export DYLD_LIBRARY_PATH=${DYLD_LIBRARY_PATH}:/usr/local/Cellar/python@3.9/3.9.14/Frameworks/Python.framework/Versions/3.9/lib/libpython3.9.dylib /usr/local/lib

You can also use the ~/.bashrc file to permanently set the value of the DYLD_LIBRARY_PATH variable.

  1. Please don’t try to copy/move the Python shared library file itself to other directories. Please do not attempt to place/install additional copies of the Python shared library file in system directories. Doing so will break the integrity of Python’s mechanism for loading binary extensions, and is guaranteed to result in fatal errors like the one you report.

Our development team is constantly working to make the process of installing our Python extensions easier and more convenient, and we may be able to minimize the inconvenience associated with depending on the Python shared library, but for now, we ask you to follow our recommendations as closely as possible and do not consider them as a field for experiments, otherwise we will not be able to help you.

The error you reported occurs if the Python shared library module (libpythonX.Y.dylib) that tries to use the aspose.slides binary is “stand-alone” in relation to the current Python interpreter, meaning it’s not part of the Python interpreter installation (in a session of which you are trying to import aspose.slides) and is not used by that interpreter itself. As a result, static objects and singletons declared in the Python shared library code that must be initialized when the Python interpreter starts up remain uninitialized and attempts to access these objects result in fatal errors like the one you report. Specifically, in your case, as the stack dump you reported suggests, the error occurs when you try to access an uninitialized dictionary of interned strings.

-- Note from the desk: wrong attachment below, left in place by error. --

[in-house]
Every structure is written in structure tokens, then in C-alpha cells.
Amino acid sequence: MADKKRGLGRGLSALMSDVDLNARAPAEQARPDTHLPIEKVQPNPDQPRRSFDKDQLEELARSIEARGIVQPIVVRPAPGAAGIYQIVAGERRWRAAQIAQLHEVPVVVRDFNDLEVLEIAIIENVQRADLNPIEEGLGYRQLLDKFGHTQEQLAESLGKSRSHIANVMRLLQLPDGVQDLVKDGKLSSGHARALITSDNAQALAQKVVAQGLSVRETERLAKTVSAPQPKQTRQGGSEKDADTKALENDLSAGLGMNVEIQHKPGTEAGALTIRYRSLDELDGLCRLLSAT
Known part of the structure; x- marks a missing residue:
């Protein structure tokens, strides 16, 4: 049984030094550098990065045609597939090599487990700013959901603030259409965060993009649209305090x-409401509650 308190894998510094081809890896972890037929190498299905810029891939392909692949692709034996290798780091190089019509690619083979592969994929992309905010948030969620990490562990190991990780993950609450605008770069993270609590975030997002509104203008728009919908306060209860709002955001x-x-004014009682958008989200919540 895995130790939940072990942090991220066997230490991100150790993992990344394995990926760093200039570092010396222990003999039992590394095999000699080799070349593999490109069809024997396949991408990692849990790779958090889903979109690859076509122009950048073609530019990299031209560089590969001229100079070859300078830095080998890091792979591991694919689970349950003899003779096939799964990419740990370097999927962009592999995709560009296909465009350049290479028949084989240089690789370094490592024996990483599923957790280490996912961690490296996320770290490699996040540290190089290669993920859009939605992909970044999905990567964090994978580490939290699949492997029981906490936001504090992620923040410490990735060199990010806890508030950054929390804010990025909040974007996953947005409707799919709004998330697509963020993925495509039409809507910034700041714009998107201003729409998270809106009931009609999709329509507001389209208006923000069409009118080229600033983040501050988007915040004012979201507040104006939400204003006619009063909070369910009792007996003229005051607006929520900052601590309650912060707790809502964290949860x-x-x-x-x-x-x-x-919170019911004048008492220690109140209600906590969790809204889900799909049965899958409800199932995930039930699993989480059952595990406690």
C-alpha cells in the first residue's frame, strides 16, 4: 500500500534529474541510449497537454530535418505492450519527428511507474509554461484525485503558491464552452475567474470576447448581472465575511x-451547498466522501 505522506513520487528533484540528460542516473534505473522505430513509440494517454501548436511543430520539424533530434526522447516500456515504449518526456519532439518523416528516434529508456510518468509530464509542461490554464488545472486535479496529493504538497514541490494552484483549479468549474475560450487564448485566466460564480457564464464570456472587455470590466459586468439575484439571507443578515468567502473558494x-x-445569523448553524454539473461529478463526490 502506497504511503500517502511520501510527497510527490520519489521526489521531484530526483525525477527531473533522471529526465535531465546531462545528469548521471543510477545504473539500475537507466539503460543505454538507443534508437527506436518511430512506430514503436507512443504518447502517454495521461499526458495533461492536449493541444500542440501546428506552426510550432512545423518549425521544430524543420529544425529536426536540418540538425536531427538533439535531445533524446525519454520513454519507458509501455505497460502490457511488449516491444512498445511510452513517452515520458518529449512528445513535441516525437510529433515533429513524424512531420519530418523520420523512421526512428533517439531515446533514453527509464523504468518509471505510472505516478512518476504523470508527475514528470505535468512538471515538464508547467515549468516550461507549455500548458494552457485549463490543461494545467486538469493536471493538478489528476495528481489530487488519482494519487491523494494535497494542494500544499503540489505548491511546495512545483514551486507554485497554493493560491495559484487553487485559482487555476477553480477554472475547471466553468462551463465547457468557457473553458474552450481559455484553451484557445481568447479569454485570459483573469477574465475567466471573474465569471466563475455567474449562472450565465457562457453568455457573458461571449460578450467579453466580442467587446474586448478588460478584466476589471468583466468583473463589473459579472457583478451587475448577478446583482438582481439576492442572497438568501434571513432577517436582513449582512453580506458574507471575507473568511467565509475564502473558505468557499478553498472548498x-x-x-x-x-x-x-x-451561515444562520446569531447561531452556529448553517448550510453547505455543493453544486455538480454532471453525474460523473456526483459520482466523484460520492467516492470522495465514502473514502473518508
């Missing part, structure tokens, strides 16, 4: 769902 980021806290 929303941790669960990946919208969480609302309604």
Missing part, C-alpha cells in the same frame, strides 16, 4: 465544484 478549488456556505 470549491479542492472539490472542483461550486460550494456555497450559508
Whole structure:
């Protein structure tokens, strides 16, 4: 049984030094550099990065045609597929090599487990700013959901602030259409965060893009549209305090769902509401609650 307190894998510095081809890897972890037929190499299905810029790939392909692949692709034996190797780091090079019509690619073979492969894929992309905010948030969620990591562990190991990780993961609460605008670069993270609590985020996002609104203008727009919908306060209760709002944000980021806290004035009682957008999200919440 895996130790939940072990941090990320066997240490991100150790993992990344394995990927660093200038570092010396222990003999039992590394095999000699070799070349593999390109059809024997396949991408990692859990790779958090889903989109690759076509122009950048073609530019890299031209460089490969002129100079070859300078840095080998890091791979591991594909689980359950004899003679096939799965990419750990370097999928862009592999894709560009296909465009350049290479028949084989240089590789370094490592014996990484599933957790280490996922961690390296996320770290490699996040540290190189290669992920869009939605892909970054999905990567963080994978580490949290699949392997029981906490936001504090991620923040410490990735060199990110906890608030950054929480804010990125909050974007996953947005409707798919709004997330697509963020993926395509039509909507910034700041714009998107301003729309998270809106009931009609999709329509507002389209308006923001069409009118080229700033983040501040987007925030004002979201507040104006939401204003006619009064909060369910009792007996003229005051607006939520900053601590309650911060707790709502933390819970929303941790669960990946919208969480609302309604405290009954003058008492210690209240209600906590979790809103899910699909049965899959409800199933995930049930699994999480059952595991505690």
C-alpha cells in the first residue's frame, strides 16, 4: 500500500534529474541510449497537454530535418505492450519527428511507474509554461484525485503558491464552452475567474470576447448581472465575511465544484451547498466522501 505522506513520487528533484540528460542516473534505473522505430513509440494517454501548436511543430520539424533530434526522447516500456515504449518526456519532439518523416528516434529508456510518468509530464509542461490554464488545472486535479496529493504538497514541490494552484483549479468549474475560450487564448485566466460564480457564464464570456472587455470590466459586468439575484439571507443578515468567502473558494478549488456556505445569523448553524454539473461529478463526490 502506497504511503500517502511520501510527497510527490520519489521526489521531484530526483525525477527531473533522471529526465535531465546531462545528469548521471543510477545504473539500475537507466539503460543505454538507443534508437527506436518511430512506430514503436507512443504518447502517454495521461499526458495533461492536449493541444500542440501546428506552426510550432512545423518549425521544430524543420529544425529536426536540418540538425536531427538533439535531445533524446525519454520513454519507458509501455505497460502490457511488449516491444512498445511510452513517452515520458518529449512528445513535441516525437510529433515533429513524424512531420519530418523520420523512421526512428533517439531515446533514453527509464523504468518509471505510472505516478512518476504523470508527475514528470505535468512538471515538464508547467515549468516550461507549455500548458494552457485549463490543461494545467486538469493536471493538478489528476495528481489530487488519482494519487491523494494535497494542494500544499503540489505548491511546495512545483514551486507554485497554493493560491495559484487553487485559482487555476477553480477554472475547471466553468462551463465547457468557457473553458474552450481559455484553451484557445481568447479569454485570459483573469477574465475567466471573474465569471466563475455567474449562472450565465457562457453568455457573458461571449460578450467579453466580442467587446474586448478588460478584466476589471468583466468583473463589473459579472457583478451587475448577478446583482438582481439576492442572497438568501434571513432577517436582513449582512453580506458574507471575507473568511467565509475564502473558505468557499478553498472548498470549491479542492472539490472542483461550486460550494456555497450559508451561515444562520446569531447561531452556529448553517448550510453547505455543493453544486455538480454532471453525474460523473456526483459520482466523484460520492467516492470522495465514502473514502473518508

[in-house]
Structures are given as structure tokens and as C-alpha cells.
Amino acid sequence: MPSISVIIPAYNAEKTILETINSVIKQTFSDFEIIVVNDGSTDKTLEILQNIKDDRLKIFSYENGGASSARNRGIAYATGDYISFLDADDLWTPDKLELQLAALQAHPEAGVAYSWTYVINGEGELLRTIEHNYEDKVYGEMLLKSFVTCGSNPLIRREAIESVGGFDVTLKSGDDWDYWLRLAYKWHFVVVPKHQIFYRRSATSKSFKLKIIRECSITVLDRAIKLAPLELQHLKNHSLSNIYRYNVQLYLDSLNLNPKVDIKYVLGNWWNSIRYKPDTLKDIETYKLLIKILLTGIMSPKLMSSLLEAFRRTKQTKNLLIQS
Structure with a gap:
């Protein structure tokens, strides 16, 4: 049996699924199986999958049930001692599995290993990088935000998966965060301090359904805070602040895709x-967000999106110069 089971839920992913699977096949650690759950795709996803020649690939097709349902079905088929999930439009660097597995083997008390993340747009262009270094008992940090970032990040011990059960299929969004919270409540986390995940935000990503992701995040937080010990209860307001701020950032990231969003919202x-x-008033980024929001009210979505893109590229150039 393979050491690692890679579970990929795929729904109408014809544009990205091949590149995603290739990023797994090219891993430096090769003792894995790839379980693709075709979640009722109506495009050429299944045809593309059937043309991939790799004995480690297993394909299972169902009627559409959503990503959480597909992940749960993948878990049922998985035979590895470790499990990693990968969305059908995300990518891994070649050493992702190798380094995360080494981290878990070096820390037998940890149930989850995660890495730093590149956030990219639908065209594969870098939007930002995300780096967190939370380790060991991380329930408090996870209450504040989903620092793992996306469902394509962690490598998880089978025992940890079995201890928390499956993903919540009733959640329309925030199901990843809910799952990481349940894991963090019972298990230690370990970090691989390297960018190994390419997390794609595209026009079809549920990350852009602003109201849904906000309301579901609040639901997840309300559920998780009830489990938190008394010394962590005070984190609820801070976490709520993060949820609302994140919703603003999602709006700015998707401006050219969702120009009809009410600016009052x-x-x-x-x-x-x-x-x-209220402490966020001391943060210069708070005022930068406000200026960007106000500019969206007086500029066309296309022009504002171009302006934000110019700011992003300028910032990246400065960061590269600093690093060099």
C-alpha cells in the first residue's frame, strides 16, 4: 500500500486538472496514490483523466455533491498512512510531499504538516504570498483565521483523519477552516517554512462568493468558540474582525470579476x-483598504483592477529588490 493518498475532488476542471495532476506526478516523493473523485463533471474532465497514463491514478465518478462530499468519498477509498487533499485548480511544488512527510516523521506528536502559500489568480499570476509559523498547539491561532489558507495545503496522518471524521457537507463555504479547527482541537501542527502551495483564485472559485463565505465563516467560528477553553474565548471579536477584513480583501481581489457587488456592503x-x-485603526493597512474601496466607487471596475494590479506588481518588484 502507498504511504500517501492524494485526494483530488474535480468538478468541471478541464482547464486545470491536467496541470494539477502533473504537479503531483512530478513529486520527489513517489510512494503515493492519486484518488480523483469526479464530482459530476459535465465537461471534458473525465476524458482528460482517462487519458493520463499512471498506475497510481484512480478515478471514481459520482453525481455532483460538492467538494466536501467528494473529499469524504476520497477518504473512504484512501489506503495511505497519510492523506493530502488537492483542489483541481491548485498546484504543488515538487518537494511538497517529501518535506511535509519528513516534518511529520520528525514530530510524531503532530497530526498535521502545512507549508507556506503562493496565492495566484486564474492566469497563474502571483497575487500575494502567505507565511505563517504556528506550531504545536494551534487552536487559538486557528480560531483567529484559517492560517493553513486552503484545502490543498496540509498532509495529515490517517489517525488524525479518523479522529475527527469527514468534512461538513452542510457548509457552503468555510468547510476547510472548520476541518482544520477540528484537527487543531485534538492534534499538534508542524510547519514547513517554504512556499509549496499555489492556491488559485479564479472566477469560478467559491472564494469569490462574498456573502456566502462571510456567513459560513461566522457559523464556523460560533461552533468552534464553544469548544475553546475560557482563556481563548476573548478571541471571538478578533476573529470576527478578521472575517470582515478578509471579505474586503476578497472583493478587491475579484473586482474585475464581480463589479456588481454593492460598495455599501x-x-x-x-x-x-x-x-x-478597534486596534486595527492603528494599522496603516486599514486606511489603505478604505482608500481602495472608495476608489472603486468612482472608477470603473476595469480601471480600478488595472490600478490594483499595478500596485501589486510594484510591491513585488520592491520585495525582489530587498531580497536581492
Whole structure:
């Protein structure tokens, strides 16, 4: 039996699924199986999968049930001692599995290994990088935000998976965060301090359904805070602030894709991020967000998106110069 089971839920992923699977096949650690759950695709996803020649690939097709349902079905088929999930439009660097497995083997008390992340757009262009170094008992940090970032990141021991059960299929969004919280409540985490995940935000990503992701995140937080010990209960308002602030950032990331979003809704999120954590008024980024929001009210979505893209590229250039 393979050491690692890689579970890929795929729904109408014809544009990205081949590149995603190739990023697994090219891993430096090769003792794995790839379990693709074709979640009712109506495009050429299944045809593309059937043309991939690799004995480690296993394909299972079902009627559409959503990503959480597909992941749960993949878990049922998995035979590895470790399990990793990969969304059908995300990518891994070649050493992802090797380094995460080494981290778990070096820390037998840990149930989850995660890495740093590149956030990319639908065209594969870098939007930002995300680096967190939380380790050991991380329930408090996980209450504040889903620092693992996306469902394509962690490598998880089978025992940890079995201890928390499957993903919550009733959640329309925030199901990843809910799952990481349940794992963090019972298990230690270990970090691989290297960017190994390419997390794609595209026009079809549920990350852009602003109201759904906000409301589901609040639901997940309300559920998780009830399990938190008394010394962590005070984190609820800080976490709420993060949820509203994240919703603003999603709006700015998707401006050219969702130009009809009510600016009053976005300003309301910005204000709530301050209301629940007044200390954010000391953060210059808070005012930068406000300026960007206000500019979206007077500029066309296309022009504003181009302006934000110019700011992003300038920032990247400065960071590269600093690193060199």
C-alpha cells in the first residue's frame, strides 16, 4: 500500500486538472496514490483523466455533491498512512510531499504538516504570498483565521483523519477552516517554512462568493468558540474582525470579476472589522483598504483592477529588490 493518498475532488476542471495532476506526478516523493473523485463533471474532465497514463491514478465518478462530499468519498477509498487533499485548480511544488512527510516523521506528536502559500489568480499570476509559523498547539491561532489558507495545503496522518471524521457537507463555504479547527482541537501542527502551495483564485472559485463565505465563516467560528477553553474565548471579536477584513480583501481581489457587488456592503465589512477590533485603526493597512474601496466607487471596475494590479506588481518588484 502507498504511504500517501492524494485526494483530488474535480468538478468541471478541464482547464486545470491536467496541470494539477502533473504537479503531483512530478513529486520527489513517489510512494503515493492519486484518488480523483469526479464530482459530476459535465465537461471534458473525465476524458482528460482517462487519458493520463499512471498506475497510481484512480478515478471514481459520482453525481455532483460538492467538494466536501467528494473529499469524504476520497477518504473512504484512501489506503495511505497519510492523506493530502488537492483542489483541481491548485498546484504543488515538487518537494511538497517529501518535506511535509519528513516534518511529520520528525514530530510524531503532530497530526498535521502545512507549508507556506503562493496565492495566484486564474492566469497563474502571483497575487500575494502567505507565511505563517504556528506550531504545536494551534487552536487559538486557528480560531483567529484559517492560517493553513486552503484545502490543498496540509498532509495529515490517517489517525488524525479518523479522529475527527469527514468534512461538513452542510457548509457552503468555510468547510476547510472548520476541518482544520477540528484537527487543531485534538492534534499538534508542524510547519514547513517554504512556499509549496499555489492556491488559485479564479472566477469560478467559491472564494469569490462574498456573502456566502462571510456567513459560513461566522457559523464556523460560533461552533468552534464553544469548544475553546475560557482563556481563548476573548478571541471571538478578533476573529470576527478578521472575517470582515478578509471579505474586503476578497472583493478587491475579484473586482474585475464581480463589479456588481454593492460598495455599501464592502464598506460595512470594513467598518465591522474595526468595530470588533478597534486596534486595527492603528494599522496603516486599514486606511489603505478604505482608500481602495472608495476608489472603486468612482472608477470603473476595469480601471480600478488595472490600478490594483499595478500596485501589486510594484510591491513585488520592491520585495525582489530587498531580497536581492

Thank you for the detailed response and instructions. I can successfully run Aspose.Slides now on my system however if you try to package everything into one bundle or application (cx_Freeze, Pyinstaller etc) which you distribute and use without installing python it doesn’t work and I get the same error. Do you know how to fix this?

Thank you for the question. I’ve forwarded it to our developers. We will get back to you ASAP.

As we have explained before, a Python interpreter binary may be built with or without a separate shared library file, and as a result, the built interpreter may or may not be compatible with binary extensions (such as aspose.slides). As far as we can understand, the most likely way to implement the bundling you mentioned is embedding Python to a binary application and running the bundled Python scripts in the embedded Python interpreter (see, 1. Embedding Python in Another Application — Python 3.12.0 documentation). Such embedding can also be done with different configuration option values, and as a result, the embedded Python interpreter may or may not be compatible with binary extensions. Please note that such bundling is a non-standard way of distributing Python software. As far as we know, there are no official standards or PEPs issued by the Python Software Foundation regarding bundling Python scripts with a Python interpreter into a standalone application, and as a result, there are no requirements that a Python binary extension must meet to be compatible with such bundling. The builders you mentioned (cx_Freeze, Pyinstaller) are third-party ‘Python-related’ tools (like hundreds of others) and we can’t give you any explanations on the compatibility of applications built by these tools with other elements of the Python ecosystem.

We recommend that you take the following steps: